A parent's guide to ADHD in teens

October 13, 2015

The teenage years are filled with major life changes and can be especially difficult for teens with attention deficit hyperactivity disorder (ADHD). If your teen has ADHD, here are some important things to keep in mind.

A parent's guide to ADHD in teens

Symptoms of ADHD in teens

ADHD is characterized by impulsiveness, inattention and hyperactivity. While teens can experience symptoms ranging from mild to severe, this disorder often has a significant impact on an individual's daily function. Some of the most common symptoms of ADHD in teens include:

  • Confusion and daydreaming
  • Difficulty learning new things
  • Boredom
  • Distraction
  • Difficulty sitting still
  • Problems sleeping
  • Talking or moving constantly
  • Frustration
  • Problems holding back emotions
  • Inappropriate statements
  • Failing to think about consequences before acting

How does ADHD affect teens?

The combination of poor concentration and distractibility often leads to difficulties at school. Poor grades may be a problem, particularly among teens who are not receiving the treatment they need. Teens with ADHD often forget about homework, become bored in class and rush through assignments.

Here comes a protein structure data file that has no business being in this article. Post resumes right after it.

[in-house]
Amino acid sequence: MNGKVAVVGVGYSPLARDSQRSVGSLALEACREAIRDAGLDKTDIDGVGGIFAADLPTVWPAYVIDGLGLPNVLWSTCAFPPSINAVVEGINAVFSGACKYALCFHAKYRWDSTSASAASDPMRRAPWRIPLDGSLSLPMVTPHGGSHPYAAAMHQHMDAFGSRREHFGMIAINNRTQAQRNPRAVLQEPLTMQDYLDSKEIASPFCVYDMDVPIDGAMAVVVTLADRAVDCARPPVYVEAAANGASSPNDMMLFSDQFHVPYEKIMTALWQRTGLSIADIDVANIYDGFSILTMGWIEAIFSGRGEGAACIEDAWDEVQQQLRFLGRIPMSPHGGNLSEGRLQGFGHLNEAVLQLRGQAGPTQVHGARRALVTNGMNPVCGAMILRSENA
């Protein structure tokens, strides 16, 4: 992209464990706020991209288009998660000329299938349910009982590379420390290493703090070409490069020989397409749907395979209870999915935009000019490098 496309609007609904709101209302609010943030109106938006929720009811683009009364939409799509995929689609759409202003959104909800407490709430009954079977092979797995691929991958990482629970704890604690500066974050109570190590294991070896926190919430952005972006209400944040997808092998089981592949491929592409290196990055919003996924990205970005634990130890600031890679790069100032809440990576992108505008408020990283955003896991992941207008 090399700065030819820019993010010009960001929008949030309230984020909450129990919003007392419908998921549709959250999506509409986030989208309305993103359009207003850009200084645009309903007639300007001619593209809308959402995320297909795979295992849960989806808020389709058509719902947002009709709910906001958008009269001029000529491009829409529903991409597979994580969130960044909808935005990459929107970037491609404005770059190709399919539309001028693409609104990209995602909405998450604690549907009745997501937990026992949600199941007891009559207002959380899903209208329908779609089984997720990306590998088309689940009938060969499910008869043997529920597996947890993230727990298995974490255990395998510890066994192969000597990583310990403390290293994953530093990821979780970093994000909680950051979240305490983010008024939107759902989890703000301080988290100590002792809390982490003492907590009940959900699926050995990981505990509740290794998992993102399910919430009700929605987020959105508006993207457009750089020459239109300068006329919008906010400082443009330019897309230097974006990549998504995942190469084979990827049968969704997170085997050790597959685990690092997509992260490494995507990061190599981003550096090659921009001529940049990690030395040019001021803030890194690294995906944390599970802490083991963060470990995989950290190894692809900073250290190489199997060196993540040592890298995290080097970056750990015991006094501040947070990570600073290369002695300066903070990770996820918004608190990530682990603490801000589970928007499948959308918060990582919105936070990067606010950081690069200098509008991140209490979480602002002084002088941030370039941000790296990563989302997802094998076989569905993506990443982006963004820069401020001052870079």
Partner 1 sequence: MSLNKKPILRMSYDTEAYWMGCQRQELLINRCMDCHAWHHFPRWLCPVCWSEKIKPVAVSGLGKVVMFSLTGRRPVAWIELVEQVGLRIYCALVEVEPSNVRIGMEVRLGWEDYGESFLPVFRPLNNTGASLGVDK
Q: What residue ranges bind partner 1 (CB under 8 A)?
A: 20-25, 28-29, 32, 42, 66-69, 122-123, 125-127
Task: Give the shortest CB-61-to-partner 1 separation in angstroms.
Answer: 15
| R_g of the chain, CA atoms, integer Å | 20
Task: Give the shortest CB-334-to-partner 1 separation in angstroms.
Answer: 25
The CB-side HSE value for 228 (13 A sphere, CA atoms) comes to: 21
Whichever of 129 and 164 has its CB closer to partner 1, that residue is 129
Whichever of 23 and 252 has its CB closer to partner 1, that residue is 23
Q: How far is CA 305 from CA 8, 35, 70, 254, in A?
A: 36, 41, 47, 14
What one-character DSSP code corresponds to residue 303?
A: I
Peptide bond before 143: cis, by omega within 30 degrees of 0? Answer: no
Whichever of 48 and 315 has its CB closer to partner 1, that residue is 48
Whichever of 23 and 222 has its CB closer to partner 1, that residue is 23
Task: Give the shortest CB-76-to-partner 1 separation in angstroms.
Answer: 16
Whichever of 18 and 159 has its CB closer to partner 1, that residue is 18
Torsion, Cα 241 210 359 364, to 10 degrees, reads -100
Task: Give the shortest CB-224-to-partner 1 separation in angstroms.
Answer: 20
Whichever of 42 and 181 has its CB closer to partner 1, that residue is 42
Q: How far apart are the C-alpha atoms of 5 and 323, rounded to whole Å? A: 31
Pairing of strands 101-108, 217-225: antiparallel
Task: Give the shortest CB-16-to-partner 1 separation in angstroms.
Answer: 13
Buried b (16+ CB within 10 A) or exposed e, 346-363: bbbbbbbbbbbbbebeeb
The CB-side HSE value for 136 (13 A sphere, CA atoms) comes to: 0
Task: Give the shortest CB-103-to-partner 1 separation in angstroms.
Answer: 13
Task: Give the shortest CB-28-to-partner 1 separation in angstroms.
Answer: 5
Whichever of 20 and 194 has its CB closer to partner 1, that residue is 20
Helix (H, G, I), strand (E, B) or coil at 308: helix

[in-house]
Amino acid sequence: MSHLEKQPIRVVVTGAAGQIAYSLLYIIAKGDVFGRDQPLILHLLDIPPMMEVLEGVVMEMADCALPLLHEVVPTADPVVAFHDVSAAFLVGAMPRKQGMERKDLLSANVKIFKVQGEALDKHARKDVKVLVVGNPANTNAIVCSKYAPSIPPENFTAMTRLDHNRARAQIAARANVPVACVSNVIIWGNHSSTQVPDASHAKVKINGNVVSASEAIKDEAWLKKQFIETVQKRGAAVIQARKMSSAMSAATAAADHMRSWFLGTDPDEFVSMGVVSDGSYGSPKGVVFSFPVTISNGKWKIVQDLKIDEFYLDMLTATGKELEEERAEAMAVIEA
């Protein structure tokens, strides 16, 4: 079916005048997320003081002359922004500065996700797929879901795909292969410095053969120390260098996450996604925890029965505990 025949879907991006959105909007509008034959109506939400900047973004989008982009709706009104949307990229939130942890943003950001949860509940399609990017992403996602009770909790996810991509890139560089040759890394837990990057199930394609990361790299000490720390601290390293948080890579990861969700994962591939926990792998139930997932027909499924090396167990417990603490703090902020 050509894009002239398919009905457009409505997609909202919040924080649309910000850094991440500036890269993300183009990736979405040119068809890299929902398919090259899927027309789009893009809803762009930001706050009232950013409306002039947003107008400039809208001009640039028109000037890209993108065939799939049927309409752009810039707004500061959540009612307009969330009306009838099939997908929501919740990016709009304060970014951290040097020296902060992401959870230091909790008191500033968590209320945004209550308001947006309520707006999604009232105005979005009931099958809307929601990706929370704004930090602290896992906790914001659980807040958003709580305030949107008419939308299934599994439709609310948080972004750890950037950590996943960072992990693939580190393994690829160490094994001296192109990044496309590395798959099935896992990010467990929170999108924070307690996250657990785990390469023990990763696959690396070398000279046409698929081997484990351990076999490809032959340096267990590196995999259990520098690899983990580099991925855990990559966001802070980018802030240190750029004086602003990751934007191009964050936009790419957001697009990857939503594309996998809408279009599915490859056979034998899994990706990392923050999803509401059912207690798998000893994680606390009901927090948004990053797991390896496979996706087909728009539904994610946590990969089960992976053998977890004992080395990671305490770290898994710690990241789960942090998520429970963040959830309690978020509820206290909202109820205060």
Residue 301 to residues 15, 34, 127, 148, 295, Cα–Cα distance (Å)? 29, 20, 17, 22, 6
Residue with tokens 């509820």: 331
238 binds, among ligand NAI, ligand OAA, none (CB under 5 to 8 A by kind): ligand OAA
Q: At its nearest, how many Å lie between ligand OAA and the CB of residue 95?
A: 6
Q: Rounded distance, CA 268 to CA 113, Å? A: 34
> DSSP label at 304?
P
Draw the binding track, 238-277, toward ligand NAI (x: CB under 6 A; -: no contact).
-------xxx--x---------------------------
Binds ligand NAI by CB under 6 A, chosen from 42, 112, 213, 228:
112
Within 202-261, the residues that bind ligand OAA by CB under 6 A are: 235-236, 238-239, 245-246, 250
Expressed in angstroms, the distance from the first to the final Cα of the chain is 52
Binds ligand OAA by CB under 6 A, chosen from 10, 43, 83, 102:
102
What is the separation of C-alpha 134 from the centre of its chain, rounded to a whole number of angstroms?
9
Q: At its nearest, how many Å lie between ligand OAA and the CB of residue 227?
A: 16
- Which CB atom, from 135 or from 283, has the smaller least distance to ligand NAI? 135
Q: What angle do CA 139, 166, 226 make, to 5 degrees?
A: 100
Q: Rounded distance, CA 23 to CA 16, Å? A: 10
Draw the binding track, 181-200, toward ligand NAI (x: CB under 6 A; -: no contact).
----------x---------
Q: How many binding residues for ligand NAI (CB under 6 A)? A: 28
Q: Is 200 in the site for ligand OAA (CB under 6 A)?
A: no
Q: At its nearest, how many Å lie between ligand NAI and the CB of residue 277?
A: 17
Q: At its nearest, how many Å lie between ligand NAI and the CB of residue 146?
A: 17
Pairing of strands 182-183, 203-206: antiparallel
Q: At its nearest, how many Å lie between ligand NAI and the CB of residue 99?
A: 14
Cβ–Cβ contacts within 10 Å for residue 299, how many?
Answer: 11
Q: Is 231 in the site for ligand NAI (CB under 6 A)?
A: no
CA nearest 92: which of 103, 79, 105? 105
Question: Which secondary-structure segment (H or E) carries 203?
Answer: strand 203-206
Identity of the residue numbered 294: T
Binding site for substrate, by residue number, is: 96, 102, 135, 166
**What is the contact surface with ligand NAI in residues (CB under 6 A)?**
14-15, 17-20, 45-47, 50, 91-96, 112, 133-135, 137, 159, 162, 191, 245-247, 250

Since many teens forget about their current task, they often end up with bad test grades. In many cases, lack of attention keeps teens from forming peer groups, becoming involved in after-school clubs and participating in sports teams.

Teen car accidents and ADHD

There is evidence to suggest that teens with ADHD are more likely to have car accidents. Teens with ADHD often have poor judgement and are very impulsive; combined with their tendency toward risk-taking behaviour, this increases their risk of having a car accident.

Given this risk, it is important for parents to set strict rules for teens when driving. For example, teens with ADHD who do not take their medication should not be allowed to drive. Teens who are caught talking on the phone or texting while driving should lose their driving privileges for a set amount of time.

Treatments for teens with ADHD

Although no cure for ADHD currently exists, excellent treatment options are available for teens. To prevent problems with substance abuse and depression, early treatment is essential. For many teens, combining behavioural therapy with medication proves effective. In some cases, ADHD schools and summer camps can also be helpful by offering tailored education plans and structured routines that help teens manage their symptoms.

It's important for parents to be accepting and supportive of teens dealing with ADHD. By maintaining open communication with your teen and working closely with their physician to implement a treatment plan, you can help your teen successfully navigate the challenging teenage years.

The material on this website is provided for entertainment, informational and educational purposes only and should never act as a substitute to the advice of an applicable professional. Use of this website is subject to our terms of use and privacy policy.
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